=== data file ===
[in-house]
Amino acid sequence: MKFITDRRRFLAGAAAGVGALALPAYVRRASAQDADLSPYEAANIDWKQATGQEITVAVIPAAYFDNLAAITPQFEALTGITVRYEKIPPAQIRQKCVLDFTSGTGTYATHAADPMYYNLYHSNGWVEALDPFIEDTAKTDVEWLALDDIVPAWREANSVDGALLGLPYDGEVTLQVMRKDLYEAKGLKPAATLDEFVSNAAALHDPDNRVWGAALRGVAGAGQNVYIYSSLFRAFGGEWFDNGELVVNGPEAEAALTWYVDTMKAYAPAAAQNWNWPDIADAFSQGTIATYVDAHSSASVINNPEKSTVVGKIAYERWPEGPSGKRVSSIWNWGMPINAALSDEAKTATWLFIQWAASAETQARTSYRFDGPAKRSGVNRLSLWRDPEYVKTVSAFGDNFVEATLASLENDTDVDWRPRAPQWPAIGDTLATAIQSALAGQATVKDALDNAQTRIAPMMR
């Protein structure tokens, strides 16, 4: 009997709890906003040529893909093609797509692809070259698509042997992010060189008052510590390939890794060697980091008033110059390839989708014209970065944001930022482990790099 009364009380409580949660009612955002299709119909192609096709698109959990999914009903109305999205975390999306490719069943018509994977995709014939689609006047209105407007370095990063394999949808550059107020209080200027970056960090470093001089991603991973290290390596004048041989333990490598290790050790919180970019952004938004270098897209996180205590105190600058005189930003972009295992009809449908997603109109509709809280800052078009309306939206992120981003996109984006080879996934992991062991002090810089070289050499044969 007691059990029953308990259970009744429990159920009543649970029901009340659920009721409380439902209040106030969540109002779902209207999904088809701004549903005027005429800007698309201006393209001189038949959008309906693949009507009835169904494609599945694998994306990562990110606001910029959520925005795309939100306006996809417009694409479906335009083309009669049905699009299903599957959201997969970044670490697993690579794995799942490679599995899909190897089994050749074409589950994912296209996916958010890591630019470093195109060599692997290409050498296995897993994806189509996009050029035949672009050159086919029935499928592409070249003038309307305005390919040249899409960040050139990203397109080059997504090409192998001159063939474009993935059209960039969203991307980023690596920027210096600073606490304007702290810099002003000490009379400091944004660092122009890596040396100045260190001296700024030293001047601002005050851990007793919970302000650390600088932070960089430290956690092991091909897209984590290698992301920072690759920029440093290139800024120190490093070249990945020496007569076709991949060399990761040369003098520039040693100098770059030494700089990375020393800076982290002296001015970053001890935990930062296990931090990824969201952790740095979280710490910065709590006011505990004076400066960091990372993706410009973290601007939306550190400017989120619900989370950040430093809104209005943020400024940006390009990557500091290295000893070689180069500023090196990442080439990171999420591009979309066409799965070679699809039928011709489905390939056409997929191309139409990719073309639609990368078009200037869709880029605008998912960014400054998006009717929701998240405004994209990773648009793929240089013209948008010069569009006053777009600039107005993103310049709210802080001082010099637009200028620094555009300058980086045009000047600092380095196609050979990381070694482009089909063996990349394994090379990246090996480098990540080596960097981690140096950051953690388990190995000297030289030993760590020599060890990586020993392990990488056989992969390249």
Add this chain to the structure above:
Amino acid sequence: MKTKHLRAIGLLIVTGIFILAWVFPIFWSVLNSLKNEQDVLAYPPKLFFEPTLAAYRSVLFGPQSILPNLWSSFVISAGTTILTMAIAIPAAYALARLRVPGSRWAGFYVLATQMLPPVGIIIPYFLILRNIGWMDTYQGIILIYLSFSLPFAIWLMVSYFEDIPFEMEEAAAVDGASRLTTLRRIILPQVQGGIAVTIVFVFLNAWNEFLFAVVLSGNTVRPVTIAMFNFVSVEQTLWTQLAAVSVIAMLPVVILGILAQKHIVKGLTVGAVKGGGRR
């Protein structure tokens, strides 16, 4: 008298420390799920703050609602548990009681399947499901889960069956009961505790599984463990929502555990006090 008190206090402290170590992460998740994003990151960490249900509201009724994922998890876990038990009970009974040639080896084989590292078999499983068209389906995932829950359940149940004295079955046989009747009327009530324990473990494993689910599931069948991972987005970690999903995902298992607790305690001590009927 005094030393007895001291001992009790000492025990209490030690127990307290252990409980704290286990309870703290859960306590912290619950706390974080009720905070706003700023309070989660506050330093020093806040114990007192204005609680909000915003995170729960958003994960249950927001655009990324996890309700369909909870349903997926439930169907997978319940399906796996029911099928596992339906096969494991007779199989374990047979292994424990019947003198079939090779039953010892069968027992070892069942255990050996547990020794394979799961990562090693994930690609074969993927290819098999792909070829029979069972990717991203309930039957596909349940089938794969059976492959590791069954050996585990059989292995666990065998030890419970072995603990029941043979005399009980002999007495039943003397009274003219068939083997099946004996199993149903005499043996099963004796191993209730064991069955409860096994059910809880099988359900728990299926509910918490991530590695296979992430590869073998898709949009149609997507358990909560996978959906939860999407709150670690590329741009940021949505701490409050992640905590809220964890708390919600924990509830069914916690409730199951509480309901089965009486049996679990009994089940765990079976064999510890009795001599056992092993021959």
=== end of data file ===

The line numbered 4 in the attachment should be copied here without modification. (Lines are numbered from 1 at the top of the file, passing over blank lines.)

Add this chain to the structure above: